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Hungarian by András Urbán

Csiky Gergely Hungarian Theatre, Temesvár and Kosztolányi Dezső Theatre, Szabadka Co-production

 

Friday, 10 December, 7 pm

Ódry Stage

70 minutes without a break

Performed in Hungarian

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Performed by:

Emília B. Borbély

Zsolt Csata

Enikő Éder

Rita Lőrincz

Emese Simó

Orsolya Czumbil

Anikó Kiss

Boris Kucsov

Imre Elek Mikes

Emese Nagyabonyi

 

 

Stage manager: András Molnos

Dramaturg: Kornélia Góli

Psychodramatic assistant: Boris Telečki

Masks: Daniela Mamužić

Costume designer: Marina Sremac

Composer: Irena Popović

Choreography: Anikó Kiss

Directed by: András Urbán

Date of first night: 25 May, 2016

 

 

WHO? People who live in a country as an ethnic minority often feel that they neither belong here nor there. They have no homeland of their own. But what they do have is a vaguely defined identity of being different. Who is Hungarian? What does it mean to be a Hungarian? The performance by András Urbán highlights the issues Hungarian minorities face, problems which are sensitive and weighty, also trying to gauge the possible responsibilities.

WHAT? When trying to understand the essence of national identity one often ends up defining it in terms of language identity. There is barely anything concrete beyond that. People living in a minority are defined by the minority and the majority community and, last but not least, the so-called homeland community. They cannot chose to be different since they are constantly burdened with what they are from all directions. Discrimination and a sense of duty makes them face up incessantly with the identity allocated to them, both from the side of the majority group and from the side of their own peers. A person of minority cannot be any different. Yet precisely this paradox makes them still different. They are actually the metaphor of difference. They neither belong here nor there. They have no homeland of their own. But what they do have is a vaguely defined identity of being different. They look at the world through the dual complex of inferiority and superiority. They are subjugated yet look down from above. They want to be accepted and claim the right to be different. Both in the sense of being different in terms of national identity and also as a person who can afford the luxury of difference.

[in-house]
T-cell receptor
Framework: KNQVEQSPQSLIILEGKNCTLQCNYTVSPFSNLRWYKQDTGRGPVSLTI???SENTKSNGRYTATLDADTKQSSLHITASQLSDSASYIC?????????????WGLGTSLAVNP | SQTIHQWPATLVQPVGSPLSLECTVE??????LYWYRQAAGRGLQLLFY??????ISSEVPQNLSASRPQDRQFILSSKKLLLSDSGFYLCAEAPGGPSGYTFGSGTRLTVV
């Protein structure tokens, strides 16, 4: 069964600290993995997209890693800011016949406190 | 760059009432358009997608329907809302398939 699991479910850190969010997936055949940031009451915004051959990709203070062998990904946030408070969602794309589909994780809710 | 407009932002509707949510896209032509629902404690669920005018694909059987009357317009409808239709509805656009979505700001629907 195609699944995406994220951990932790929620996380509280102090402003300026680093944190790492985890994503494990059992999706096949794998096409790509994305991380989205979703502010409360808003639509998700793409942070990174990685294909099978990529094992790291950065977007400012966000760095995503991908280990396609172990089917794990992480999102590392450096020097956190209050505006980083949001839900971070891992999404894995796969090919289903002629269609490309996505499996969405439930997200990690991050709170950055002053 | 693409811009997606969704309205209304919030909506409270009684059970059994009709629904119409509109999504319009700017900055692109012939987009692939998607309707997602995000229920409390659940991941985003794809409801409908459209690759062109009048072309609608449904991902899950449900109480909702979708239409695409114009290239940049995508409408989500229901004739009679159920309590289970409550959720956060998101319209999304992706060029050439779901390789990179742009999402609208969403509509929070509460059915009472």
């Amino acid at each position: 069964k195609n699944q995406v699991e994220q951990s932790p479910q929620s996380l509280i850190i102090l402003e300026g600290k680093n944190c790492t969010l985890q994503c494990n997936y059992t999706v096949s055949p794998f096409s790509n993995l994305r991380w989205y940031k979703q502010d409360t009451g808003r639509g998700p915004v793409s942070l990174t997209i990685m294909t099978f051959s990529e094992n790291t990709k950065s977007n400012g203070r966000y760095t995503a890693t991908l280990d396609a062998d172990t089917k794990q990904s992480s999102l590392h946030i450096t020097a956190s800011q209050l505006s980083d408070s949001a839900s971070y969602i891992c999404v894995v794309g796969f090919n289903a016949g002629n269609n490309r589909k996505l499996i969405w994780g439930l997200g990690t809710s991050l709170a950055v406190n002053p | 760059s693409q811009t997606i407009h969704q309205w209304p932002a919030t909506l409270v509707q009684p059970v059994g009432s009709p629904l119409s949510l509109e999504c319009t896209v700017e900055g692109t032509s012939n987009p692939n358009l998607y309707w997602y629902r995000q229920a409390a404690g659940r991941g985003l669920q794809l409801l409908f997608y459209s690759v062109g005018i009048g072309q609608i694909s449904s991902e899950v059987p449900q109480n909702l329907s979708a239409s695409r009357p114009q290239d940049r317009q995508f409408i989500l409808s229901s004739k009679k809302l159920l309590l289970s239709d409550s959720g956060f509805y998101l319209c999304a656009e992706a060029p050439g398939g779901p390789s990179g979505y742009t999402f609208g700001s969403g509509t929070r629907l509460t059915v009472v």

WHY? We have already made numerous efforts to tell in what we are different, in what we are similar and at times, almost a blasphemy, we feed you with all the stuff we believe to be true about you and us – the authors say. Stereotypes, big truths, criticism, the lack, failure or victory of political and social responsibility, here and now are nothing more than inspiration, by no means more important than the message which defies the spoken, the nationally constrained language. If they do not understand this in Hungarian, they will understand it in another way. Hungarian is only understood by Hungarians, anyway. ‘I do not care what it is common in us, or what it is that sets us apart.’ Language, after all, has not been invented for the purpose of conveying national content, but more for being able to voice universal issues, of universal human expression. This is what the performance is about. About a human language. A human, theatrical language. This theatrical action exists in the pre- and post-linguistic state, a language true in its aesthetics, in its poetry. It does not want to tell stories with words, not to be narrable. It defies spoken language, it confronts it.